Five Ways (Aquinas’ The Quinque Viae) The quinque viae (Latin “Five Ways“) (sometimes called “five proofs”) are five logical arguments regarding the existence of God summarized by the 13th-century Catholic philosopher and theologian St. Thomas Aquinas in his book Summa Theologica. They are: the argument from metaphysical motion; the argument from efficient causation; the argument from contingency; the argument from degrees of being; the argument from...

Existence of God

Existence of God The existence of God is a subject of debate in the philosophy of religion and popular culture.[1] A wide variety of arguments for and against the existence of God can be categorized as metaphysical, logical, empirical, or subjective. In philosophical terms, the question of the existence of God involves the disciplines of epistemology (the nature and scope of knowledge) and ontology (study of the...

Panentheism

What Is Panentheism? Panentheism (meaning “all-in-God”)[1] is the belief that the divine pervades and interpenetrates every part of the universe and also extends beyond space and time. The term was coined by the German philosopher Karl Krause in 1828 to distinguish the ideas of Georg Wilhelm Friedrich Hegel (1770–1831) and Friedrich Wilhelm Joseph Schelling (1775–1854) about the relation of God and the universe from the...

Pantheism

What Is Pantheism? Pantheism is the belief that reality is identical with divinity,[1] or that all-things compose an all-encompassing, immanent god.[2] Pantheist belief does not recognize a distinct personal anthropomorphic god[3] and instead characterizes a broad range of doctrines differing in forms of relationships between reality and divinity.[4] Pantheistic concepts date back thousands of years, and pantheistic elements have been identified in various religious traditions. The...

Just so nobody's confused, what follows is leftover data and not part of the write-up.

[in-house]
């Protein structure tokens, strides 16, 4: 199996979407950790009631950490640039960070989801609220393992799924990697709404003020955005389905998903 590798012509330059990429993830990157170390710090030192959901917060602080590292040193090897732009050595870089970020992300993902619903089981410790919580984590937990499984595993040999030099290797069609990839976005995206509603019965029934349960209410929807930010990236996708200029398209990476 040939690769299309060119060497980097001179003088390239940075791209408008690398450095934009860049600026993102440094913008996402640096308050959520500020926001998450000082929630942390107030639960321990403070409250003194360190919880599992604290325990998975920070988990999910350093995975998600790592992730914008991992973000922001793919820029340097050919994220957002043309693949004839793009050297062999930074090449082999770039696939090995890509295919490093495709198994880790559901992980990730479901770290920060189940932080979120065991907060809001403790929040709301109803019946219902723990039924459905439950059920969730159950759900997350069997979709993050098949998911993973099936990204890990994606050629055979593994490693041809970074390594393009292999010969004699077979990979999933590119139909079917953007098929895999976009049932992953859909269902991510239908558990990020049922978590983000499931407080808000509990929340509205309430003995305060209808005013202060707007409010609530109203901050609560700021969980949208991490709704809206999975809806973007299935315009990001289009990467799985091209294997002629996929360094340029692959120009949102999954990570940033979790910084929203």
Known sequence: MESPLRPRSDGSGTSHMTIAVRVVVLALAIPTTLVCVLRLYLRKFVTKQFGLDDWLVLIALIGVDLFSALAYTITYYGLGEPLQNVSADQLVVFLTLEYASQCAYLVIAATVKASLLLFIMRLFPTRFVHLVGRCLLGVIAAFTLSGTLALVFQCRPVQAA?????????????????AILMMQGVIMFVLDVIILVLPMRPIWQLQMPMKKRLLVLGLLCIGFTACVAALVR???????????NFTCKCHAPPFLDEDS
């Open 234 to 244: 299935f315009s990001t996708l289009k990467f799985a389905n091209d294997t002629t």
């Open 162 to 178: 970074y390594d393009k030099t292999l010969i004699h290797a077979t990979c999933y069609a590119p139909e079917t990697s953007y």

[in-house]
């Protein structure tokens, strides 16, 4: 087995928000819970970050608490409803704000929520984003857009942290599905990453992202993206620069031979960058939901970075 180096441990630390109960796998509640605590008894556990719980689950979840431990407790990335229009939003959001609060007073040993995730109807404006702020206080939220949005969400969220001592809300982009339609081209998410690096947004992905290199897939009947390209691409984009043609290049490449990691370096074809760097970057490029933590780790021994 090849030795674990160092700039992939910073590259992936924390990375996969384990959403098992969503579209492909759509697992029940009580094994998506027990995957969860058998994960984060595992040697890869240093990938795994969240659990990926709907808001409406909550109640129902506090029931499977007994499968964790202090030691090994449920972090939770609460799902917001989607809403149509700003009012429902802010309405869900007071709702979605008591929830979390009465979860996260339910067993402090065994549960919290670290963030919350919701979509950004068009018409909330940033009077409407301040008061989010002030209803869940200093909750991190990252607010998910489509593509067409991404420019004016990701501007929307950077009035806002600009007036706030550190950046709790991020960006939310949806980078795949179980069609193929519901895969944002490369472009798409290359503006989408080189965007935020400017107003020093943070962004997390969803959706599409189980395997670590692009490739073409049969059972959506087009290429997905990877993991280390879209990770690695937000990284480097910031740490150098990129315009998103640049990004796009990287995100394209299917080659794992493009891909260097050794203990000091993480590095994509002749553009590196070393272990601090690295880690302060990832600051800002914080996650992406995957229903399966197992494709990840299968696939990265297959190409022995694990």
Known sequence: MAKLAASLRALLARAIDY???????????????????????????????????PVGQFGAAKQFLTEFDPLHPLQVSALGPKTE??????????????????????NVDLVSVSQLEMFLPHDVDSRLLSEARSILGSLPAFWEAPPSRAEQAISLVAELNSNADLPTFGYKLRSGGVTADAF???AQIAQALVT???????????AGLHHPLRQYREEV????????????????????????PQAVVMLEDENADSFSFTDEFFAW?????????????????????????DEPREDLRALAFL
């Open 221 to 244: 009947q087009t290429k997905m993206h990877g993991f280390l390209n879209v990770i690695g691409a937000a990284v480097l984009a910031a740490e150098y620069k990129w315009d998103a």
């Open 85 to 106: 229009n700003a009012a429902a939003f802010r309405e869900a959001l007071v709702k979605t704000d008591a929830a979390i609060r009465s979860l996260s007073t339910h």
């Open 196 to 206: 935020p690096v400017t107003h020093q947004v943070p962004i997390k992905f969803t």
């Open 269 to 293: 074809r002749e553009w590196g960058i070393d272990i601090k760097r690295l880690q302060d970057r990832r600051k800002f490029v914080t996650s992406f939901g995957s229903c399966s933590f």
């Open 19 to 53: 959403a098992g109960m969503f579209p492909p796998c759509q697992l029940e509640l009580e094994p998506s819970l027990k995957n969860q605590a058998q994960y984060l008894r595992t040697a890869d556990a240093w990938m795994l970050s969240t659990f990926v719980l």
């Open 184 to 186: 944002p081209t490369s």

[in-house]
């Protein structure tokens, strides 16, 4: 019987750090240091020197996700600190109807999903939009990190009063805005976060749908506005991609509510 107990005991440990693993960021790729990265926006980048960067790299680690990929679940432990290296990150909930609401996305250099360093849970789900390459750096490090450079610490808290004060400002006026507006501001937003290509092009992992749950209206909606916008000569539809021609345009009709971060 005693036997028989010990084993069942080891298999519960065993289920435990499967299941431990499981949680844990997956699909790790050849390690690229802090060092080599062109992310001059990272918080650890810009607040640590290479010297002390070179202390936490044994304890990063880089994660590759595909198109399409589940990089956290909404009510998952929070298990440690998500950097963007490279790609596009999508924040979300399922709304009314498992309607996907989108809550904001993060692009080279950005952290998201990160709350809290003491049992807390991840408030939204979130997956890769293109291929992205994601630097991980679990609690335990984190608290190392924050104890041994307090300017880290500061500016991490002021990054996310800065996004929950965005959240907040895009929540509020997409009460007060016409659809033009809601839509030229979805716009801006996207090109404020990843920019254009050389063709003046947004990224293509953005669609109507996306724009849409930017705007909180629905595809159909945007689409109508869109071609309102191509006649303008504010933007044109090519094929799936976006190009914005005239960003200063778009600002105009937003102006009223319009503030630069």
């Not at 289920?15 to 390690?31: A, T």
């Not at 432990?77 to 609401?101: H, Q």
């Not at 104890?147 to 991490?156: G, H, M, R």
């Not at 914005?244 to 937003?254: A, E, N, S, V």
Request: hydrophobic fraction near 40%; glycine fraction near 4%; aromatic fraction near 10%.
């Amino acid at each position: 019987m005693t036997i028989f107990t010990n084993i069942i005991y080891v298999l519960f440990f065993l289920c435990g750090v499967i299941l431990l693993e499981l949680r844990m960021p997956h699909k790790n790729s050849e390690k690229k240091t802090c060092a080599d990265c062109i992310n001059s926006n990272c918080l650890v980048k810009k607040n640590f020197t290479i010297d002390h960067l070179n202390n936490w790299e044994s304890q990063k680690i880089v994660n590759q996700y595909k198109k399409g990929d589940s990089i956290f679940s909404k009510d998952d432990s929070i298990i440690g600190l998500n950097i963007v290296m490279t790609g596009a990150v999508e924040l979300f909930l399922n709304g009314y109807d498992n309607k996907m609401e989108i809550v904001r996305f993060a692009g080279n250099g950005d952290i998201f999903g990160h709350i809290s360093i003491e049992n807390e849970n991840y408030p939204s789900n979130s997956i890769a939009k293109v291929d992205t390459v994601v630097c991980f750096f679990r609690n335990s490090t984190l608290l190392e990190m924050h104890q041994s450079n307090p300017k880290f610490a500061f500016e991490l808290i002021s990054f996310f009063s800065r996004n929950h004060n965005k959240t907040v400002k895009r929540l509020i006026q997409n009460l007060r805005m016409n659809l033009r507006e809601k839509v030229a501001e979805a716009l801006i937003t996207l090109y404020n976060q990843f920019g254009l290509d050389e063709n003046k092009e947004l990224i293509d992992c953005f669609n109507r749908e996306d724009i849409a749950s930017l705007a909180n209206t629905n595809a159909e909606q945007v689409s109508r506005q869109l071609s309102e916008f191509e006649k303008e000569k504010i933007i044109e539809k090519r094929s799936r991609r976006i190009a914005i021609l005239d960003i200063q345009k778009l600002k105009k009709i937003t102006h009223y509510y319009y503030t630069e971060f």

Henotheism

What is Henotheism? Henotheism (meaning ‘one god’) is the worship of a single god while not denying the existence or possible existence of other deities.[1][2] Friedrich Schelling (1775–1854) coined the word, and Friedrich Welcker (1784–1868) used it to depict primitive monotheism among ancient Greeks.[3] Max Müller (1823–1900), a German philologist and orientalist, brought the term into wider usage in his...

Prayers of Hope

What is Enlightenment?

Answering the Question: What is Enlightenment? “Answering the Question: What Is Enlightenment?” (German: Beantwortung der Frage: Was ist Aufklärung?) is a 1784 essay by the philosopher Immanuel Kant. In the December 1784 publication of the Berlinische Monatsschrift (Berlin Monthly), edited by Friedrich Gedike and Johann Erich Biester, Kant replied to the question posed a year earlier by the...

Age of Enlightenment

The Age of Enlightenment The Age of Enlightenment (also known as the Age of Reason or simply the Enlightenment)[1][2] was an intellectual and philosophical movement that dominated the world of ideas in Europe during the 18th century, the “Century of Philosophy”.[3] Some consider Descartes’ 1637 statement “I think, therefore I am” to have sparked the period. Others...